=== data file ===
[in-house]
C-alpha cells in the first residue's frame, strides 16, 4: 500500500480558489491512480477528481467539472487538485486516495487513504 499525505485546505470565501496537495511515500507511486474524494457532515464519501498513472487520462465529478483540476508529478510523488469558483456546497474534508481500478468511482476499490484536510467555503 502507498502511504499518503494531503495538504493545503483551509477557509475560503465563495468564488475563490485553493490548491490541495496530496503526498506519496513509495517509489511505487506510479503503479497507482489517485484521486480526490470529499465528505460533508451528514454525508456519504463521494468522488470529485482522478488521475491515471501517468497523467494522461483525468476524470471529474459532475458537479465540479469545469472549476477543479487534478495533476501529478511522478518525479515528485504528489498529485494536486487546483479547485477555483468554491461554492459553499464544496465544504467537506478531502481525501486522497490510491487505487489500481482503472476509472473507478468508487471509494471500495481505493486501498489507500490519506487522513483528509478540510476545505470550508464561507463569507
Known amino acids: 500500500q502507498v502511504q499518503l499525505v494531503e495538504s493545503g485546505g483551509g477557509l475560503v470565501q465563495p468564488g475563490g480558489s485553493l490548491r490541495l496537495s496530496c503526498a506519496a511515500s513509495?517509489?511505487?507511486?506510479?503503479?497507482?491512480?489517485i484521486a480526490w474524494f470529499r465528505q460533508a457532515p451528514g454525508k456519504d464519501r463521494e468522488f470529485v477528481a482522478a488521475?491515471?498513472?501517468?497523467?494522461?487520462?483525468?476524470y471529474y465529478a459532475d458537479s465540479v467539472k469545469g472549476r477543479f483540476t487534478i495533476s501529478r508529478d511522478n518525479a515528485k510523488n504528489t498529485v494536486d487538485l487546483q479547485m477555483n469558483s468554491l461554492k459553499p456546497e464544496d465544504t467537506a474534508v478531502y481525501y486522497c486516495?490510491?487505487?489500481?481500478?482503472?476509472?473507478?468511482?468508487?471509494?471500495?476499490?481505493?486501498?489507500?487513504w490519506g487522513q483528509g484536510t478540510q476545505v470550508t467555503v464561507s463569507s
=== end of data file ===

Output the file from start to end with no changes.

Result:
[in-house]
C-alpha cells in the first residue's frame, strides 16, 4: 500500500480558489491512480477528481467539472487538485486516495487513504 499525505485546505470565501496537495511515500507511486474524494457532515464519501498513472487520462465529478483540476508529478510523488469558483456546497474534508481500478468511482476499490484536510467555503 502507498502511504499518503494531503495538504493545503483551509477557509475560503465563495468564488475563490485553493490548491490541495496530496503526498506519496513509495517509489511505487506510479503503479497507482489517485484521486480526490470529499465528505460533508451528514454525508456519504463521494468522488470529485482522478488521475491515471501517468497523467494522461483525468476524470471529474459532475458537479465540479469545469472549476477543479487534478495533476501529478511522478518525479515528485504528489498529485494536486487546483479547485477555483468554491461554492459553499464544496465544504467537506478531502481525501486522497490510491487505487489500481482503472476509472473507478468508487471509494471500495481505493486501498489507500490519506487522513483528509478540510476545505470550508464561507463569507
Known amino acids: 500500500q502507498v502511504q499518503l499525505v494531503e495538504s493545503g485546505g483551509g477557509l475560503v470565501q465563495p468564488g475563490g480558489s485553493l490548491r490541495l496537495s496530496c503526498a506519496a511515500s513509495?517509489?511505487?507511486?506510479?503503479?497507482?491512480?489517485i484521486a480526490w474524494f470529499r465528505q460533508a457532515p451528514g454525508k456519504d464519501r463521494e468522488f470529485v477528481a482522478a488521475?491515471?498513472?501517468?497523467?494522461?487520462?483525468?476524470y471529474y465529478a459532475d458537479s465540479v467539472k469545469g472549476r477543479f483540476t487534478i495533476s501529478r508529478d511522478n518525479a515528485k510523488n504528489t498529485v494536486d487538485l487546483q479547485m477555483n469558483s468554491l461554492k459553499p456546497e464544496d465544504t467537506a474534508v478531502y481525501y486522497c486516495?490510491?487505487?489500481?481500478?482503472?476509472?473507478?468511482?468508487?471509494?471500495?476499490?481505493?486501498?489507500?487513504w490519506g487522513q483528509g484536510t478540510q476545505v470550508t467555503v464561507s463569507s